Renovating a shrub border usually means addition by subtraction. You are going to take away a lot more than you put in — but everything will look better. Some shrubs probably will have to be removed, and others will have to be pruned heavily.

I know I have said that a properly planted shrub border does not have to be pruned. If you install plants by giving them plenty of room to reach their ultimate height and width, you shouldn’t have to do more than remove the occasional damaged branch.

But things could have gone wrong. You could have bought a shrub so new that the ultimate given size was wrong, so it grew larger than you were told. Or you could have bought the house with the garden already planted. Or you planted your garden before you knew as much as you do now.

Needled evergreens — especially taxus or yew, thuja or arborvitae and the dwarf Alberta spruce — are the biggest problems. The same is true with privet, although it isn’t an evergreen. These shrubs have green only at the end of the branches, so you really have to cut them back slowly an inch or two at a time, being careful not to open up naked areas.

But you are not going to be able to make them a lot smaller — with one exception.

You can prune taxus severely, but you have to do it in the spring, as soon as the snow goes. It will regenerate a little bit later in the summer, but it will look really ugly for up to two years. It probably is time to just take it out. Life is too short to live with plants you no longer like.

Taking a plant out involves physical labor. If you aren’t going to put a plant in the same exact spot, you can cut it off at ground level, cover the cut with mulch and wait for it to rot. But the stump is likely to get in the way.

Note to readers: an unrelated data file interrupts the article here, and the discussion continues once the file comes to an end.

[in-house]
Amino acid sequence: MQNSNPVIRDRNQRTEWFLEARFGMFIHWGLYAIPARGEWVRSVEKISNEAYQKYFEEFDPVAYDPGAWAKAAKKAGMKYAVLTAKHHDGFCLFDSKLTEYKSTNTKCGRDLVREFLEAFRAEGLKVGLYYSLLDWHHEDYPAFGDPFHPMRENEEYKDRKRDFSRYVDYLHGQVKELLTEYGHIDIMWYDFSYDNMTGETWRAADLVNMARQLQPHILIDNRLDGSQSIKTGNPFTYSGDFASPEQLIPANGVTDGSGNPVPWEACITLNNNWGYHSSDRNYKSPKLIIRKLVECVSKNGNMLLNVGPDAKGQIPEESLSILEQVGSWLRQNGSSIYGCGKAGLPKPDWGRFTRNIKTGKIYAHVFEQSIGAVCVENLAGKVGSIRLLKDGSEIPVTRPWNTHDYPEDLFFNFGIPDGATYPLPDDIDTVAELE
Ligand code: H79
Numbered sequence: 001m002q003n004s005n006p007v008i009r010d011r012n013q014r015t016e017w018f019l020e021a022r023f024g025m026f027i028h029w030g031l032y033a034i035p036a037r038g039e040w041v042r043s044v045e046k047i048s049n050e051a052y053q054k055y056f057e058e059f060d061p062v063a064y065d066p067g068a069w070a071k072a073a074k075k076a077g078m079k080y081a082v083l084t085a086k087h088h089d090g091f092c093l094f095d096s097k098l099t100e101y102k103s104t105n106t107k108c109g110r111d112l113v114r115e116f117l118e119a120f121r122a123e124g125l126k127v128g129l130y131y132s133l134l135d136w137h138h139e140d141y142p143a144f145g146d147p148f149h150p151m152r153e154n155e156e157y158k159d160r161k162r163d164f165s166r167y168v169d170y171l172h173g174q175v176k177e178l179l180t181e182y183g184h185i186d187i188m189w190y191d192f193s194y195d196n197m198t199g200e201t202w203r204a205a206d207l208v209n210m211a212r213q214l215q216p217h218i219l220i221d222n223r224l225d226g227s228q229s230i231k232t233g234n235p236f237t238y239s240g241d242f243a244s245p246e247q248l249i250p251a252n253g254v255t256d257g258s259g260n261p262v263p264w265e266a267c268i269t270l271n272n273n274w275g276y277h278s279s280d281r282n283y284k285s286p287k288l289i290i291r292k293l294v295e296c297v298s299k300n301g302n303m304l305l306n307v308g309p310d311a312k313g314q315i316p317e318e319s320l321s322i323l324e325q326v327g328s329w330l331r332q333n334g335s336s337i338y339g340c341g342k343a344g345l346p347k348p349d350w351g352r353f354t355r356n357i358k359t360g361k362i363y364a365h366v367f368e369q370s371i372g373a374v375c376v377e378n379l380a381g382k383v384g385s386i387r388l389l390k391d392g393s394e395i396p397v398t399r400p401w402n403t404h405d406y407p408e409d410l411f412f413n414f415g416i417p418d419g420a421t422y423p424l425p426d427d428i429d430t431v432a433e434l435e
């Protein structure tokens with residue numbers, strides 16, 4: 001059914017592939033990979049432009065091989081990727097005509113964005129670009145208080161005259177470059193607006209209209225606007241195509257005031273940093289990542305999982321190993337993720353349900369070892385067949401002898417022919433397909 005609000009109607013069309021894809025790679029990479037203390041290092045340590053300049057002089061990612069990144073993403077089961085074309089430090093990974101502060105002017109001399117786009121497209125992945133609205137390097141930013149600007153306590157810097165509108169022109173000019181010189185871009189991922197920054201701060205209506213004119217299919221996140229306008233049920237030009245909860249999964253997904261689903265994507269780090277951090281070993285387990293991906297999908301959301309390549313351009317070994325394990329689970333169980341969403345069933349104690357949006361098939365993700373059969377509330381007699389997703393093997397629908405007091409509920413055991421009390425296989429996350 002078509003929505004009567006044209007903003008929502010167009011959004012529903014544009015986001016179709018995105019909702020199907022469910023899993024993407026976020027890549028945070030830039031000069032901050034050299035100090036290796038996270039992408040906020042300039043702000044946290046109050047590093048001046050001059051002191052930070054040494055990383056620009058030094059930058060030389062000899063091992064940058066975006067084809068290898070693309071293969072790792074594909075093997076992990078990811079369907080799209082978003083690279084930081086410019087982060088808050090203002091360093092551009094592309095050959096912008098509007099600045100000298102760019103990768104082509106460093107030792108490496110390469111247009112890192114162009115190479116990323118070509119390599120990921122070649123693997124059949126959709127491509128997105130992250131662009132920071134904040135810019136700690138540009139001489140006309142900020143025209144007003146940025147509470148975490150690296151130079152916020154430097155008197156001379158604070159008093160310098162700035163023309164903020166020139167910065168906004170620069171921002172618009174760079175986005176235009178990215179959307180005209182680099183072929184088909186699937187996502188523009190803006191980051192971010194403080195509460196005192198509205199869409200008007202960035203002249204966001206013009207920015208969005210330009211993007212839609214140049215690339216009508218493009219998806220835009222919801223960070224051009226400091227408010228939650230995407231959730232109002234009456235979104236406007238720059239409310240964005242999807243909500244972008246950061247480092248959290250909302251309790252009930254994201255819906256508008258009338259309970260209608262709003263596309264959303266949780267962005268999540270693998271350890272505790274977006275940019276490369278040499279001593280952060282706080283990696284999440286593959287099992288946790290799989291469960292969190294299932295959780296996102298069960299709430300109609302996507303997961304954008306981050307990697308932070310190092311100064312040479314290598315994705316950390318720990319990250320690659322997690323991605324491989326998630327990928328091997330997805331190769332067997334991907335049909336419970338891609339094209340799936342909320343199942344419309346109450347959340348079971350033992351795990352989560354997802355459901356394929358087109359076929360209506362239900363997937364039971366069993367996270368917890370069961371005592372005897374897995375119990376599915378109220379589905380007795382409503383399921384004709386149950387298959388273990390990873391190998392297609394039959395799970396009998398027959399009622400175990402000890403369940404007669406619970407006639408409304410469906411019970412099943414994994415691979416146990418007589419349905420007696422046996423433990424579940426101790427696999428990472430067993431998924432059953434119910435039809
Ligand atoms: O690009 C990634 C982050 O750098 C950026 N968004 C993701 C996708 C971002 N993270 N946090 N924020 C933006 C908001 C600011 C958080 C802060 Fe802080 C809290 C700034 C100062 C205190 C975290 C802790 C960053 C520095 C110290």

When I am removing a plant that I’m just going to throw away, I cut off all of the branches and leave the main stem about 4 feet high. That way the branches don’t get in the way of the shoveling and you have something you can grab onto when it comes to actually pulling the plant out of the hole.

Some roots are fairly shallow, and removal is easy. Taxus roots go deep, and removal is a major job. You may be able to pull the shrub out with your vehicle (this is a last-ditch effort, and may pull up surrounding plants), but if all else fails, go back to the paragraph where I tell how to cut off the trunk and mulch over the roots.

Deciduous shrubs are a lot easier to deal with. Some of them you can’t really kill. As an example, you can cut common lilacs right down to the ground and they will sprout new shoots quickly and begin blooming again within a year or two.

But if you don’t want to go to that extreme, just do a severe pruning. Start by cutting all branches that are rubbing against your house or something else you don’t want damaged. Then go after the tallest and largest branches or, if it is lateral growth you are trying to control, the ones that spread out into the walkway or lawn farthest.

For that first cut I follow the branch down to its source to see if I can cut it at the ground or at the main trunk without making the shrub look ugly.

If in doubt, cut less. You can always cut more later, but — and I sometimes wish this wasn’t true — it is impossible to put a branch back on once you’ve cut it.

With most deciduous shrubs, you can cut about a third of the plant in any year’s pruning. But by taking the longest and largest branches, making sure not to create any huge gaps, you can make a plant a lot smaller.

Another option is to move a shrub. In the past year I have successfully transplanted mature hydrangeas, kalmias (mountain laurels), rhododendrons and azaleas. Digging is tougher because you can’t cut off all the branches like you would when you are throwing the plant away. And you try to damage the roots less. But the secret is not to rush.

When you replant, put in a lot of compost and make sure to water regularly. There is no guarantee the transplants will live, but you aren’t out anything but a little labor.

In a similar vein, I got a call from Lindsay Knapp, who planted the garden at the John Calvin Stevens apartment house I wrote about a few weeks ago. A couple of the hydrangeas she put in did not root well, and died back. To save them, she pruned them back severely, and they immediately started putting out new growth.

A pruning saw and loppers can solve a lot of problems.

Oh, and when you go to your local nursery for replacement shrubs, be sure to read the plant label or tag closely about how large the shrub will grow. And allow a couple of extra feet, just in case. Fill the space with some perennials while you wait for the shrub to fill in.

Tom Atwell can be contacted at 791-6362 or at

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